The great belt of Chili, between the Andes and the coast, ranging from eighty to a hundred miles in width, is traversed, south of lat. 31°, by numerous longitudinal ridges, called the Cordilleras of the coast, which are granitic. Further north, these spurs are more irregular in their direction, and are covered in great part with barren sands showing no trace of vegetation. This northern portion is of importance for its valuable mines of ores, while a strip along the south coast from Concepcion to the island of Chiloé, contains the principal mines of bituminous coal worked in South America. The country between the Andes and the coast is particularly interesting to geologists for the evidences which it presents of several successive elevations, which it has experienced within modern times. Some of these are historical, as that of 1822, when the coast at Valparaiso, and for many leagues north and south of it, was uplifted about six feet. The bed of shells and sea pebbles which marked its former beach is now that distance above the reach of the highest tides; and a succession of similar collections of shells of species belonging to the coast, accompanying terraces found further inland, and at higher levels, indicate as many as five uplifts of this character, but of much greater height, the difference of level between two terraces being found one hundred and twenty feet, and between the next two one hundred and eighty-two feet. Around the bay of Coquimbo these terraces are very distinctly marked in the hills; and as they extend back into the country, they spread out into plains, upon which towns, like the beautiful La Serena, the capital of the province of Coquimbo, are built. Near Valparaiso, comminuted sea shells of living species are found at elevations of over five hundred and fifty feet; and some, it is stated, have been met with even one thousand three hundred feet above the sea level.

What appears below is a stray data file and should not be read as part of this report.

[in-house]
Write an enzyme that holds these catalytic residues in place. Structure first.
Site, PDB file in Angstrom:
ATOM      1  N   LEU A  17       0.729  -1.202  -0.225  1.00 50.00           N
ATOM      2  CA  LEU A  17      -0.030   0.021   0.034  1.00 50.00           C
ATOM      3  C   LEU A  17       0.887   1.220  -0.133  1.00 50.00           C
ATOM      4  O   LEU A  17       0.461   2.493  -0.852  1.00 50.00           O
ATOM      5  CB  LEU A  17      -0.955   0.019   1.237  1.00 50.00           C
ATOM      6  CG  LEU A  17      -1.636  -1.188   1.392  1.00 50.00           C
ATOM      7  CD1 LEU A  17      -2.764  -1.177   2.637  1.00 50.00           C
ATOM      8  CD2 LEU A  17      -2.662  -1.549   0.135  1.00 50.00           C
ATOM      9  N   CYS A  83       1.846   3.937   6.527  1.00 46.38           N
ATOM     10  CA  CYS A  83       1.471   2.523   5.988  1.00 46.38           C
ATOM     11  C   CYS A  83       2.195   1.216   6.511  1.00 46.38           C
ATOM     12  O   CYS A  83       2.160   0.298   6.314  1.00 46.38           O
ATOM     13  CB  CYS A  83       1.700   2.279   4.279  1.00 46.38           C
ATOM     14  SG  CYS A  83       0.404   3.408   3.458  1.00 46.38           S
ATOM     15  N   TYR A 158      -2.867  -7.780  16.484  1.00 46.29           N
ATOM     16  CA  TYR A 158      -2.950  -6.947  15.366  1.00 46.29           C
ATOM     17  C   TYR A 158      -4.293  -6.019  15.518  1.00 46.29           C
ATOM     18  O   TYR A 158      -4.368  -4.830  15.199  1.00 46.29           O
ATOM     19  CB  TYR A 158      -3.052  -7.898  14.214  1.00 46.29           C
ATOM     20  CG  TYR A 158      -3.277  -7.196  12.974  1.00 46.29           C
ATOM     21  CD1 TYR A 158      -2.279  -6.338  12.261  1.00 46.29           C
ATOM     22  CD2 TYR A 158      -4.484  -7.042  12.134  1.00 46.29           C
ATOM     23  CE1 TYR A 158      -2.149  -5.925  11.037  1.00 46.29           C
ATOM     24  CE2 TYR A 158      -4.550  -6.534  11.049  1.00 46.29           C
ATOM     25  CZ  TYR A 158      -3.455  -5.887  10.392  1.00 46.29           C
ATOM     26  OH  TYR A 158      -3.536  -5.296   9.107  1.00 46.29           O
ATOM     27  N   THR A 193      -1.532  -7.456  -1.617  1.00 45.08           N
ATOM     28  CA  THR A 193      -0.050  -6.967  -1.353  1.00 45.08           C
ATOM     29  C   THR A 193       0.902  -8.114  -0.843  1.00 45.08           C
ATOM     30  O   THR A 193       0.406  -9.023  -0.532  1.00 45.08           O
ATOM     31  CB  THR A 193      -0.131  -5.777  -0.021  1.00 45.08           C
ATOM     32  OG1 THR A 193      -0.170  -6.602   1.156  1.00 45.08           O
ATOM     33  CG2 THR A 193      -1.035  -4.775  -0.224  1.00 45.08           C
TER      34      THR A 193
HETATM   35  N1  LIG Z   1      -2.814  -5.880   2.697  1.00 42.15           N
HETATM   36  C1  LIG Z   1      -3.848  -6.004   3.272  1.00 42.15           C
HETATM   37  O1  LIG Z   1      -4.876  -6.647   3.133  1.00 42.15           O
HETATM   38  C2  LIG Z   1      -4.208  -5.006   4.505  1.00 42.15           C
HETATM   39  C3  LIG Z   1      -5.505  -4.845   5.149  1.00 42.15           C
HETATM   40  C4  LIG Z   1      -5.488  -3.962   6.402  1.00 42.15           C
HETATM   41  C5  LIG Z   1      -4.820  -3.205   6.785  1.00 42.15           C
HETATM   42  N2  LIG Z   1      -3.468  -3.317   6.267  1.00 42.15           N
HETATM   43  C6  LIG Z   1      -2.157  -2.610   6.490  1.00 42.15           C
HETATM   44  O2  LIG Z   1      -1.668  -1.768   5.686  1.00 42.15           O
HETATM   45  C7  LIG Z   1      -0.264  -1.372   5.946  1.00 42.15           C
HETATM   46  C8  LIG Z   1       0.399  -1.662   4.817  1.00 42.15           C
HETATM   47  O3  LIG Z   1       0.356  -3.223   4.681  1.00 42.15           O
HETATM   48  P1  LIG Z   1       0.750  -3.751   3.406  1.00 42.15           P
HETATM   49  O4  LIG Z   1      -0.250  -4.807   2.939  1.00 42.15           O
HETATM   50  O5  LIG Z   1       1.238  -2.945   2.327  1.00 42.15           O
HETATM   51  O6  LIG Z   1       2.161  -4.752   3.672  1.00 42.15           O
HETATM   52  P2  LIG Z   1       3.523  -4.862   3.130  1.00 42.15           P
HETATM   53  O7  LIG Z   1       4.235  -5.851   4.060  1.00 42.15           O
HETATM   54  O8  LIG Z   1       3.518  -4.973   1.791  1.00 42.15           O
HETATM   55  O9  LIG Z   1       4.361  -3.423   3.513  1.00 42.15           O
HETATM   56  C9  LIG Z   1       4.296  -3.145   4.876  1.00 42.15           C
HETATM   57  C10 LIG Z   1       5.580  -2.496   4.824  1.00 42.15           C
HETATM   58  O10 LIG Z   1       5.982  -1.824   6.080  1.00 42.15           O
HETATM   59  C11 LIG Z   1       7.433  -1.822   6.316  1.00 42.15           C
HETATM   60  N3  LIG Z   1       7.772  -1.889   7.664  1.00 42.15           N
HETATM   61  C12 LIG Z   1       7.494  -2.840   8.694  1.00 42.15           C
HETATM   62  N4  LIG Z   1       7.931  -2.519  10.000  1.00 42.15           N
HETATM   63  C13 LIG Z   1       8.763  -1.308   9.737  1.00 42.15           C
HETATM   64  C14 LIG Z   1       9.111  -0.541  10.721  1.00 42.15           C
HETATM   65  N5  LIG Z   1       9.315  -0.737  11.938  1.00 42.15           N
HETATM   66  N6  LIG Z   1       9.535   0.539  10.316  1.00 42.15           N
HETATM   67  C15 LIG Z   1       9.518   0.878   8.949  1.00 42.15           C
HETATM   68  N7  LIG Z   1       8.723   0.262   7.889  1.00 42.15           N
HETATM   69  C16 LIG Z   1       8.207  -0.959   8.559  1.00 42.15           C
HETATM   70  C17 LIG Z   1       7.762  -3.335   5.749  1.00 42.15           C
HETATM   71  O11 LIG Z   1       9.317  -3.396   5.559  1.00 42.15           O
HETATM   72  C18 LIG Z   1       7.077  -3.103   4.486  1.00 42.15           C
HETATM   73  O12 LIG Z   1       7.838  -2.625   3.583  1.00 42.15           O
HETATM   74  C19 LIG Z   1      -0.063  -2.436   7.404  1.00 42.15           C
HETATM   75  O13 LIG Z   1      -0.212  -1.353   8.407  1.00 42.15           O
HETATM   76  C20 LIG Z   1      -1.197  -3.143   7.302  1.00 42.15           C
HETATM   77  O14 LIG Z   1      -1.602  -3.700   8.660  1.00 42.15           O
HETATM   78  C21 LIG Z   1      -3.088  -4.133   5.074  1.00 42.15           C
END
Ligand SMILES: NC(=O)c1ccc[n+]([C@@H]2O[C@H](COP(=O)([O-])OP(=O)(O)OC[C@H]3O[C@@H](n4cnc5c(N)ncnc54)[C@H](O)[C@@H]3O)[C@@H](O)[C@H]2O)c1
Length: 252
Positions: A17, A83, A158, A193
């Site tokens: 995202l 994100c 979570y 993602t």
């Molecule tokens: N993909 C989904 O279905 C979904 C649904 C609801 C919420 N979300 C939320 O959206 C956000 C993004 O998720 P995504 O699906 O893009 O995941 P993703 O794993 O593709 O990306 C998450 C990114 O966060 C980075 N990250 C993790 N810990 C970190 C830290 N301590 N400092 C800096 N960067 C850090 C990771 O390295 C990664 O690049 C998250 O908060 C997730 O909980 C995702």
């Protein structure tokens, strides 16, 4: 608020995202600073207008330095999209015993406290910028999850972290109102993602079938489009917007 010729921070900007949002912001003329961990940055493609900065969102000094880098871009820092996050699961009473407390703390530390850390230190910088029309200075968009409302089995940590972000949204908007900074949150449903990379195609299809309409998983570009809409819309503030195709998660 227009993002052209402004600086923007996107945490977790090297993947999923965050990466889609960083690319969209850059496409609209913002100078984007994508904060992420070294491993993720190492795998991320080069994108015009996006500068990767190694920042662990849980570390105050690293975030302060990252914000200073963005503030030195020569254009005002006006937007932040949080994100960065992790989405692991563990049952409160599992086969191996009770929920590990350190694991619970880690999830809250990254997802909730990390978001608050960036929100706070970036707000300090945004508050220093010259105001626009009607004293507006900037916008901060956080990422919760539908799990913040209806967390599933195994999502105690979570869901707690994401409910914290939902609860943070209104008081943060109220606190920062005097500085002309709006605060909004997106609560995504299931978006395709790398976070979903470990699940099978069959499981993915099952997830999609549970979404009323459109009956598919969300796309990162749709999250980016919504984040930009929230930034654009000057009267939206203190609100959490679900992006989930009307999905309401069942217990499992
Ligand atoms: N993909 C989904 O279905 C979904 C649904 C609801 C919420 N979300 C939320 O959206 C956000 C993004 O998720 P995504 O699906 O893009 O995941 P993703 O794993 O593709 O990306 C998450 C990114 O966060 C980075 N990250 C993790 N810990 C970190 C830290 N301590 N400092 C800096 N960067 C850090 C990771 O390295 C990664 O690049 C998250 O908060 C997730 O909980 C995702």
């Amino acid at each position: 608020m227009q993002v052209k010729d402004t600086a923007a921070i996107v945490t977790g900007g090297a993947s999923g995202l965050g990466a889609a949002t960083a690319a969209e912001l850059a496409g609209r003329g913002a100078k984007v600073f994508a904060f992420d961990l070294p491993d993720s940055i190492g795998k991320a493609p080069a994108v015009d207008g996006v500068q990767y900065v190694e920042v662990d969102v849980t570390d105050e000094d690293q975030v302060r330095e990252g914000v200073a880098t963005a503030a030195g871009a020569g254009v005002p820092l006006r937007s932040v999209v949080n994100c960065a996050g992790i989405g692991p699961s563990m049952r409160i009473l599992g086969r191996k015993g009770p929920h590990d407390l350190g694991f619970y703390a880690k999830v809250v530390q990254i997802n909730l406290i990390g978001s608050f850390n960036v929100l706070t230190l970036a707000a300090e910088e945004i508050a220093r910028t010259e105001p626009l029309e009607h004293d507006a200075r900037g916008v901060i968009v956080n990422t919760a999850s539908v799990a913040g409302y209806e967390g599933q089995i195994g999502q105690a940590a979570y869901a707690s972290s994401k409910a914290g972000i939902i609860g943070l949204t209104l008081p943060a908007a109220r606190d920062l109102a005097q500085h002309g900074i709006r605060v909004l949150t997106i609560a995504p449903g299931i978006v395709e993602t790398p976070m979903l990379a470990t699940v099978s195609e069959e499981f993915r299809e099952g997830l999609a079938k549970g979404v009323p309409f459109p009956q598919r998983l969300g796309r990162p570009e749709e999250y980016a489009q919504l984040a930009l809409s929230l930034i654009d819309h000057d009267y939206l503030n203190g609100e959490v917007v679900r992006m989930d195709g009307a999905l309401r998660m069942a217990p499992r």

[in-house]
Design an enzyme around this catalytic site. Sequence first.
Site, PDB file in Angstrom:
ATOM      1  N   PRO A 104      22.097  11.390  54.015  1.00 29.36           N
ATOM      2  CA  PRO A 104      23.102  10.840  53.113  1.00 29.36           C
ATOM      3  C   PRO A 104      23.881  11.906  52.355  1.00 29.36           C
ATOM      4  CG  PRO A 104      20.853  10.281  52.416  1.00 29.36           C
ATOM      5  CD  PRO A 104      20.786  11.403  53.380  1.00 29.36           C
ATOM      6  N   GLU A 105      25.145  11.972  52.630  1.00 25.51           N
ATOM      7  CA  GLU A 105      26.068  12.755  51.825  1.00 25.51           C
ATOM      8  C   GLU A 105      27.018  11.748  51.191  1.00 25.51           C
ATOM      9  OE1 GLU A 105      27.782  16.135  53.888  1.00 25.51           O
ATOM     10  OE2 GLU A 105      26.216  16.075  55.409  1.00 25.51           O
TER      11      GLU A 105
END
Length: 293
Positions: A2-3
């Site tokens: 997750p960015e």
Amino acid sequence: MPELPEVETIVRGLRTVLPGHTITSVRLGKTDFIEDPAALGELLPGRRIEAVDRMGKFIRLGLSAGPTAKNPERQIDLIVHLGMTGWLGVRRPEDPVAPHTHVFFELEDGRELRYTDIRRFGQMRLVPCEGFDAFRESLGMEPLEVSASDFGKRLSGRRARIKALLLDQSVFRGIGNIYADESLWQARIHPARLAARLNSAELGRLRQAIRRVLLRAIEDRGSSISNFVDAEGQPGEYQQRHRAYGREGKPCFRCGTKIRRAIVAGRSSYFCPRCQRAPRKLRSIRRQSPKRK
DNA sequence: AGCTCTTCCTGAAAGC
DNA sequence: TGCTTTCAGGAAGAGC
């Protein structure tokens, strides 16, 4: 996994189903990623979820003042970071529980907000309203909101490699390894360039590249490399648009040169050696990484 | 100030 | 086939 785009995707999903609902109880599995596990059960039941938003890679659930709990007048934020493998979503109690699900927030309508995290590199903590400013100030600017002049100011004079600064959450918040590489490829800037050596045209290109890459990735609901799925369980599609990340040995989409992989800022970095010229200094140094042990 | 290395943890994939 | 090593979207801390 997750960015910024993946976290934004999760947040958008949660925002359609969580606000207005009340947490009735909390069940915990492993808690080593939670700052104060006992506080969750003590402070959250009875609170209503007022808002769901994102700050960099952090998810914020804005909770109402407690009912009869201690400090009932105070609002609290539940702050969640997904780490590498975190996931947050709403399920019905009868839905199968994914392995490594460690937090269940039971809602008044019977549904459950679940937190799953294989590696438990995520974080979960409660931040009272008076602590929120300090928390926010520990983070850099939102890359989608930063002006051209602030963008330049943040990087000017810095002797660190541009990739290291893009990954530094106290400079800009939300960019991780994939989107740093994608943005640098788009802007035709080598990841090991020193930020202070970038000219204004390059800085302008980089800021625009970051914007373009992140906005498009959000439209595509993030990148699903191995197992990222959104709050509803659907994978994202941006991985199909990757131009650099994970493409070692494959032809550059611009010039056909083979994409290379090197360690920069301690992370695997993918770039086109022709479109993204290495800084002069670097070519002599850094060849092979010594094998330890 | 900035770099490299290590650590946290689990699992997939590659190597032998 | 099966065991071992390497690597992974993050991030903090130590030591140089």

The most noted mineral springs are those of Apoquindo, Colina, Cauquenes, Panimávida, Cato, Soco, and Doña Ana; the principal constituents of which are chloride of calcium, chloride of sodium, chloride of magnesium, and sulphates of soda and lime, with occasional traces of iron and alumina. About seventy-five miles east south-east of Chillan are found hot sulphur springs, almost up to the line of perpetual snow on the Nevada de Chillan. They are much frequented, and are reputed to possess extraordinary medicinal virtues, particularly the last, for constitutional diseases and shattered nature.